A Greek Odyssey – Day 1 & 2

Kalimera, Chaos, and Calm

I may lack the poetic prose of (the original) Homer, and my appearance and athleticism is perhaps closer to a latter day Homer (Simpson) than Adonis, but I do have EasyJet and Blue Star Ferries to make my epic somewhat easier, quicker and more comfortable than that of the ancients; our four week odyssey across the Cyclades began with an early morning flight from Bristol to Santorini. After a four hour flight, and a pleasantly swift passage through passport control, we emerged into the glorious Greek sunshine and headed for our accommodation in the resort of Kamari beach.

When we first decided (about a year ago!) that we wanted to spend the summer island hopping our way around Greece, Santorini was not one of the islands that made it into our top ten of where we wanted to go. Yes, we had been seduced by the stunning photos of blue domes sat atop brilliant whitewashed walls, all against a backdrop of shimmering blue sea or cloudless sky, but we had also seen the pictures behind the pictures and were conscious that Sanntorini had made it into many peoples top ten (or top two) islands to visit, and was likely to be heaving with tourists. I’m very conscious that as a tourist, I am also part of the problem, but overcrowding of many places in the Med is a very real problem.

So, given the above, what are we doing here in Santorini?

The answer is its airport. Having decided on travelling the Cyclades, from the UK (and, more specifically, Bristol) our options were limited to landing in Santorini or Mykonos, and Santorini won. So we landed here yesterday, on the first of July; a month later, in the last few minutes of 31st July, we fly back to Bristol from Athens having visited and stayed on a number of Greek islands.

(And if you are reading this for info and tips, we found it much cheaper to do it this way – fly out to Santorini and back from Athens – than if we did the trip in return. I think that this is because flights to and from Athens remain fairly stable in price, but flights to and from Santorini go up in price as the “season” becomes more established.)

So “kalimera” from Greece, and I shall try and document our travels – our odyssey – across some beautiful Greek islands.

Yesterday we did little, other than acclimatise – its hot, but a beautiful breeze is more than welcome – swim in the small, but perfect, pool at our apartment block (and I couldn’t resit a quick dip in the sea), eat our first delicious Greek meal (one of life’s toughest questions – which food is the best in the world: Greek or Italian?) and sleep after the oh too early start caught up with us.

This morning, on waking, I took myself back to the beach (less than 5 mins from my bed) and swam in the sea. There were a few other early morning bathers, but at times it did feel like I had the ocean to myself, the Aegean sea washing away my cares and worries as I bobbed in the crystal clear water, contemplating the expanse of infinity, bordered on one side by a sheer cliff face and stretching off into a distant horizon on another. Some people need alcohol, some use drugs (both prescription and illegal), some turn to religion, but I find true peace and tranquillity in the serenity of the sea. And all before breakfast …!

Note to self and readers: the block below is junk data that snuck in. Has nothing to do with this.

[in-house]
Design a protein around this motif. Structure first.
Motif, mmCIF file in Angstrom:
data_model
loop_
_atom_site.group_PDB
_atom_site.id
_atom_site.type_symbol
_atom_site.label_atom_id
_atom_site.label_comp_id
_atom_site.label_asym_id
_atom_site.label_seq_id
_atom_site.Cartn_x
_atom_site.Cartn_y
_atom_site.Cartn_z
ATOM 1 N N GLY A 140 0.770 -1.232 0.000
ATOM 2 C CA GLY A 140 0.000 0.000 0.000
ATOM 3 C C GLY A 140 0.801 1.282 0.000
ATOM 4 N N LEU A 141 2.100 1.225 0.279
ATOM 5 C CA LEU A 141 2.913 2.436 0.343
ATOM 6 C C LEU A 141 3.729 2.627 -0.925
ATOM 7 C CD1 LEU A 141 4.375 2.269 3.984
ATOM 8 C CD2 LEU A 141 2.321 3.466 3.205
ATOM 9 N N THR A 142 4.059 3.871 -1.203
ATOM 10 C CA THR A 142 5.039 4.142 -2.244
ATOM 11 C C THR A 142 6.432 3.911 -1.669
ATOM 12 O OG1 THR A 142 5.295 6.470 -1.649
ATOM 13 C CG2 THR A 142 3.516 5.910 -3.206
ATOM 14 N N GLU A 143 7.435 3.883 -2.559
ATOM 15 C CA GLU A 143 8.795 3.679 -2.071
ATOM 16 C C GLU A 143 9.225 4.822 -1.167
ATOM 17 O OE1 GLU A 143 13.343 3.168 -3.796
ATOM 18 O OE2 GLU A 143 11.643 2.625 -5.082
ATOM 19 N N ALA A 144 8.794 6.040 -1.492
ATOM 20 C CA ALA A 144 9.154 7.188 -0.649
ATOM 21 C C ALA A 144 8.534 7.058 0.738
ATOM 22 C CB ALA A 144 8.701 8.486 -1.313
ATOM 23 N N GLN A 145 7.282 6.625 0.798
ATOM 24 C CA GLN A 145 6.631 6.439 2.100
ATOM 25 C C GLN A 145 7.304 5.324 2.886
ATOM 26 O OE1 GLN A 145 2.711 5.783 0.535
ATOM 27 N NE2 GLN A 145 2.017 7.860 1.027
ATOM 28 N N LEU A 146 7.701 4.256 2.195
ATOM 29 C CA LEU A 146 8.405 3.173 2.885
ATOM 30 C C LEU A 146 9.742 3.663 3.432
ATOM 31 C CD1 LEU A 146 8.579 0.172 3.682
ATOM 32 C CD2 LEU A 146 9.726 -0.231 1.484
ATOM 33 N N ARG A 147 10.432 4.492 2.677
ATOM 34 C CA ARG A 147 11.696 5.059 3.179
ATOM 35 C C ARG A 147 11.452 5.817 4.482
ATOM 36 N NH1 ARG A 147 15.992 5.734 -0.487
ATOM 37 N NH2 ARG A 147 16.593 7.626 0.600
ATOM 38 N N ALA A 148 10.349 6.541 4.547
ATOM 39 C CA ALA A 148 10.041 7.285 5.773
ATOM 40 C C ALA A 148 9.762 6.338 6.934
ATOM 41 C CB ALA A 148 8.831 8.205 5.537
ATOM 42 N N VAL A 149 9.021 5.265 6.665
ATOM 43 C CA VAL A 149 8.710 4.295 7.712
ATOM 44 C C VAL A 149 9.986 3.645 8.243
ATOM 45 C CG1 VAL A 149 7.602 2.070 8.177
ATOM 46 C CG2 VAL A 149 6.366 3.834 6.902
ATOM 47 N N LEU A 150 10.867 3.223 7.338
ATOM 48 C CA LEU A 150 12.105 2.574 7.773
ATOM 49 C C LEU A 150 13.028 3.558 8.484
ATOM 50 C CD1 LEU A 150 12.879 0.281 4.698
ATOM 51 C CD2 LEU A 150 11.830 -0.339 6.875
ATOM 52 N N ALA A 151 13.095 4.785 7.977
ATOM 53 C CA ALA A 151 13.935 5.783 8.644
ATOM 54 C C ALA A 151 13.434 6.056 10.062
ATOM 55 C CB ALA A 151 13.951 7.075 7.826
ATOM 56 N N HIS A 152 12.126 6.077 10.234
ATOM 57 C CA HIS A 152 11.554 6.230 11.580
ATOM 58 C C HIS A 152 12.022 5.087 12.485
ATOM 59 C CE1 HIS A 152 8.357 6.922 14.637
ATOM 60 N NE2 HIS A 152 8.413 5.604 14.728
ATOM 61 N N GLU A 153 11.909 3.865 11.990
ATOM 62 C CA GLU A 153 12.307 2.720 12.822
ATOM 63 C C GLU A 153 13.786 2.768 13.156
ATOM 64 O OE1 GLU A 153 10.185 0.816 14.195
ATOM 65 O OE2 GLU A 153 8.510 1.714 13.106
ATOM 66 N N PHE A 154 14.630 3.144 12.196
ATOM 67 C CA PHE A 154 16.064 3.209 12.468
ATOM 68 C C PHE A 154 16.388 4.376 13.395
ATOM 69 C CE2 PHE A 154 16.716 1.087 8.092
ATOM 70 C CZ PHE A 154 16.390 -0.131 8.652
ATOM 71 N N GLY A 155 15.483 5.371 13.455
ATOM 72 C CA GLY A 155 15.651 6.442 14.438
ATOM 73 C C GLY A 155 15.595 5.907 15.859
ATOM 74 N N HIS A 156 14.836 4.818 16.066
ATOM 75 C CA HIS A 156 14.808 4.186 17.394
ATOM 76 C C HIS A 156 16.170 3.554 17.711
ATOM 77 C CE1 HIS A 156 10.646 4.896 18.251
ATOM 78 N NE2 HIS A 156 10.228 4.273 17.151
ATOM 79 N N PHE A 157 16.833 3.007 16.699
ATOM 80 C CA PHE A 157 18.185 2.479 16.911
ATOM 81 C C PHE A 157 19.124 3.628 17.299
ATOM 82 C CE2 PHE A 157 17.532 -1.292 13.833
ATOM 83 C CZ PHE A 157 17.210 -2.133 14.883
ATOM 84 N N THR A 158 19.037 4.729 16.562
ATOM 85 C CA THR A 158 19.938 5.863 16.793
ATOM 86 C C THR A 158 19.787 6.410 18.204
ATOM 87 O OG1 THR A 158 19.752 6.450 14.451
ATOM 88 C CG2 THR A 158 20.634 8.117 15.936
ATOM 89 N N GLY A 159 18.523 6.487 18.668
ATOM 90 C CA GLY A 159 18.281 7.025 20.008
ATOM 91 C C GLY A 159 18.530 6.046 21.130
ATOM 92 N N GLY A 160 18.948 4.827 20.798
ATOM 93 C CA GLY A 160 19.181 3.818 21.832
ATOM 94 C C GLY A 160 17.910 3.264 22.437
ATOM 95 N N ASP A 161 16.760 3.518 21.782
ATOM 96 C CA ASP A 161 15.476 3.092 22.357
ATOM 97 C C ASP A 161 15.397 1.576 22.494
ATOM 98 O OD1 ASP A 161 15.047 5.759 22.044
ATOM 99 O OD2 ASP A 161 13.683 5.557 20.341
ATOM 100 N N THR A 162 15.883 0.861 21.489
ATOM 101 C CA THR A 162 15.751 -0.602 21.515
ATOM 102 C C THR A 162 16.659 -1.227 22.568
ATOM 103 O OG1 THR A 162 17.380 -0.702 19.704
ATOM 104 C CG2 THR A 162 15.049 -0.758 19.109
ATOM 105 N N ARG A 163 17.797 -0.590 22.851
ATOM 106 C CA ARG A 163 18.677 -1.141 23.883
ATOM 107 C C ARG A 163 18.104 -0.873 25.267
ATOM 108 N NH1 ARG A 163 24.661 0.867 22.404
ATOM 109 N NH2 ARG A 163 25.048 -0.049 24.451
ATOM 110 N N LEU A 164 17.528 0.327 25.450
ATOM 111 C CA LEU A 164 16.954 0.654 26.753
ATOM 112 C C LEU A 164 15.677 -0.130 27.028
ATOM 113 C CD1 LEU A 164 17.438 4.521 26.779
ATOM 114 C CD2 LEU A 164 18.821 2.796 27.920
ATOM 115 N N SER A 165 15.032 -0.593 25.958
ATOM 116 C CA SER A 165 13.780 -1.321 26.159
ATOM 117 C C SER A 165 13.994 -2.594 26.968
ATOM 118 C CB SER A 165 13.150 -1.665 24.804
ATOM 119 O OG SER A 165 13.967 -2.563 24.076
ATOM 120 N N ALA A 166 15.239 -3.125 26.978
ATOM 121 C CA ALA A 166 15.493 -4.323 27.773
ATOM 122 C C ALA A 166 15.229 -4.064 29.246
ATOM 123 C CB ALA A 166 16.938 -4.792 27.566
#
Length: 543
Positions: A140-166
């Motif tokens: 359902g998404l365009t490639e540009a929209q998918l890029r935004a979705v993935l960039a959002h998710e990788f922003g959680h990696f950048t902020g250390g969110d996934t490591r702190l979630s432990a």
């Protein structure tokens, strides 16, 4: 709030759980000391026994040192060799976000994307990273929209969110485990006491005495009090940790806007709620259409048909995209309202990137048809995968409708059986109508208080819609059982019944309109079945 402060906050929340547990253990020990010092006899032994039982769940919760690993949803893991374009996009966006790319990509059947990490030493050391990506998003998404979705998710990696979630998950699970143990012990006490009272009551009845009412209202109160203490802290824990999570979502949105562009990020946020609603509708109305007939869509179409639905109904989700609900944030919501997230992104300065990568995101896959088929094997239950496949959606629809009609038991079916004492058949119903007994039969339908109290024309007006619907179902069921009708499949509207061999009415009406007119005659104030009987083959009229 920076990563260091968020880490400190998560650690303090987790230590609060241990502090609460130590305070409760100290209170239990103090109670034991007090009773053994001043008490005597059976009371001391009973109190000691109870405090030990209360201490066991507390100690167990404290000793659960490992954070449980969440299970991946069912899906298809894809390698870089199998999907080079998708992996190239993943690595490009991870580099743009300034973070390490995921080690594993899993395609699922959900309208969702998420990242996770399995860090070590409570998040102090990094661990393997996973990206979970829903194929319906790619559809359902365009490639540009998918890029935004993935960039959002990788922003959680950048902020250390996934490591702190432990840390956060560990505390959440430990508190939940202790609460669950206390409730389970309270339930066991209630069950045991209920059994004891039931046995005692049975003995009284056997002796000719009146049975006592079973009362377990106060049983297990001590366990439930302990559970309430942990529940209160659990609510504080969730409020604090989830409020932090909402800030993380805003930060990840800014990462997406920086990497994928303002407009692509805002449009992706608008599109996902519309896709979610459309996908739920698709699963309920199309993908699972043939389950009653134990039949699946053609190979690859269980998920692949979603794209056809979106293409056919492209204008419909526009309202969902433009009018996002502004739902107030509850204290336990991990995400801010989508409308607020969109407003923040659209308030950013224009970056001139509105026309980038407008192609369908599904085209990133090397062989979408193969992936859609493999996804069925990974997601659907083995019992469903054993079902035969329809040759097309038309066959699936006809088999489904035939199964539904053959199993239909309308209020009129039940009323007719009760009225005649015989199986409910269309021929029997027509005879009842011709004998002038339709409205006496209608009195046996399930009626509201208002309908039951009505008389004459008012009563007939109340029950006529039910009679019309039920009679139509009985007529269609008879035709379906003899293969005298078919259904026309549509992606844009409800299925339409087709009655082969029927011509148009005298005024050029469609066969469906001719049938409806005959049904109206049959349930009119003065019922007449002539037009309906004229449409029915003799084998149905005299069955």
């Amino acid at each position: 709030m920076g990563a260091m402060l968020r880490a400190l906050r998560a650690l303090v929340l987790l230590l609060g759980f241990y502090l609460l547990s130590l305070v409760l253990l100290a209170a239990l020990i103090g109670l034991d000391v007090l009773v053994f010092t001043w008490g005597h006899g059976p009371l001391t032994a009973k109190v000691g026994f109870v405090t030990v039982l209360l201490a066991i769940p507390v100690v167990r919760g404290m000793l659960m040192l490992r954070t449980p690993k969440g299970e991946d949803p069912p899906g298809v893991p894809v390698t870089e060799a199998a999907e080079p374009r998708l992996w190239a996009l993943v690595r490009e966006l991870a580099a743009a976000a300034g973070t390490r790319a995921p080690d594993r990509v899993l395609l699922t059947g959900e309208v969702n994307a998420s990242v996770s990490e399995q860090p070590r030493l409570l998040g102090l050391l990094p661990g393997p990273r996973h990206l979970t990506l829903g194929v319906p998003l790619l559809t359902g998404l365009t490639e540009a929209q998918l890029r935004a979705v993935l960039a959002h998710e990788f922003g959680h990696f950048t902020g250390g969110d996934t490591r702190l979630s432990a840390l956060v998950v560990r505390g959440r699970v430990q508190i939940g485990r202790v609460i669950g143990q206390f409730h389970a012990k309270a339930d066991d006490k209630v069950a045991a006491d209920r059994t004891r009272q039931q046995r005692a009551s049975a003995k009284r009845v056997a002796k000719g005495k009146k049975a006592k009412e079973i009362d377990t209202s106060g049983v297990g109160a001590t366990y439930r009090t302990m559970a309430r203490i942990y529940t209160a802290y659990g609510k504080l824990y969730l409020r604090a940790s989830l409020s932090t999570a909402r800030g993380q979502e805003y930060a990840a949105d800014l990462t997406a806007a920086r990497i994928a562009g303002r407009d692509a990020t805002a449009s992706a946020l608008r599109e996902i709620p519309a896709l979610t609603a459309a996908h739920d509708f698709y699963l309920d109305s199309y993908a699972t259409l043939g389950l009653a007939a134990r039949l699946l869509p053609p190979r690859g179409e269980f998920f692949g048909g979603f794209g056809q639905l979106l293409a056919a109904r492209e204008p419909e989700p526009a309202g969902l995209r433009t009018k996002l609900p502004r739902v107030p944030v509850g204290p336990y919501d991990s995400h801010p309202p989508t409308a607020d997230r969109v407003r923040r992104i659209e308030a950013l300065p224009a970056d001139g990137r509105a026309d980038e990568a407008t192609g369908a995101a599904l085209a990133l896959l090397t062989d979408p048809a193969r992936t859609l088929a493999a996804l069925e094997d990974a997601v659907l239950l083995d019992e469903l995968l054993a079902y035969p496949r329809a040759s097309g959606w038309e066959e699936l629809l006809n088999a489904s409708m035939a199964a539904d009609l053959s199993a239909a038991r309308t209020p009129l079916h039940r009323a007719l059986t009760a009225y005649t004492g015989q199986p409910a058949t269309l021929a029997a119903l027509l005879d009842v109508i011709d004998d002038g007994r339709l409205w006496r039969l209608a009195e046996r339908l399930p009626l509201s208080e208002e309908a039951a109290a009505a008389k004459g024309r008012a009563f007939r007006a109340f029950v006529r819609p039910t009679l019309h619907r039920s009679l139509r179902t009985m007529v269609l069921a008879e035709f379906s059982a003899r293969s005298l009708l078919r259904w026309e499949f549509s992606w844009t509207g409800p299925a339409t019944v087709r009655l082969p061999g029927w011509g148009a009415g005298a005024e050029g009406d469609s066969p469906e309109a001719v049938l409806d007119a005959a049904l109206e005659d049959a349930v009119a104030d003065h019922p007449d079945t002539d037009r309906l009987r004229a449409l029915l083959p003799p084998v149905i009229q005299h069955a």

And what a treat breakfast was! Pastries and coffee fresh from a local bakery, with a little fruit on the side, sat on the balcony of our apartment, just watching the world go by.

I could have sat there forever, but adventure beckoned and we decided to head over to Thira, the capital of island, for a change of pace and scene. When we travel, we like to use public transport – its cheaper, greener, and (usually) less stressful than hiring a car, plus, with the latter, you remain in your own hermetically sealed bubble, “safe” from interactions with other people – but that denies you one of the joys of travelling, interacting with other people. (And if you remain to be convinced about meeting strangers when you travel, have a read of this post of an encounter between a Brit and a Kurd in Italy)

Arriving at the bus stop, it became clear that a number of others had had the idea – it was a long queue and when the bus arrived it became a bit of a free for all but, somehow, we all fitted in and off we headed for the 20 minute journey to Thira whilst the bus conductor fought his way through the bus to collect fares from everyone. A bit chaotic, but it worked and whilst I wouldn’t want this level of chaos in my day to day life, it adds to the charm of Greece, I love the juxtaposition of chaos and calm, moving from minutes of madness to total tranquillity in a few short steps.

We explored Thira – a beautiful town of whitewashed buildings, and blue domes, stunning vistas across the Caldera (the sea) dotted with islands and anchored cruise ships. It was clean, pretty, busy and we enjoyed the morning ambling along its streets, punctuated with a cool drink sat in a stunning, shaded cafe, enjoying the view and enjoying each other’s company. It is a town that is well looked after, and thriving on the tourist dollars that flow in every day, but it has retained its charm and resisted the “Disneyfication” that some other tourist hot spots have fallen for. (Dubrovnik and Rhodes old towns, I’m looking at you …)

We headed home on a slightly less crowded (but still full) bus (2 euros each, one way) and spent the late afternoon on the beach back here at Kamari, cooling of in the sea, and watching a group of local lads leap from the cliffs (my day will come …) The beach is famously black sand – but really more a car park grey gravel, lovely underfoot but not too pretty to look at. The water was blissful, the sun still strong so we sat under the shade of our umbrella and when we had had enough, we walked the three minutes back to our apartment, freshened up and strolled into town for another delicious (and enormous) meal in a Greek taverna.

Our odyssey has started well.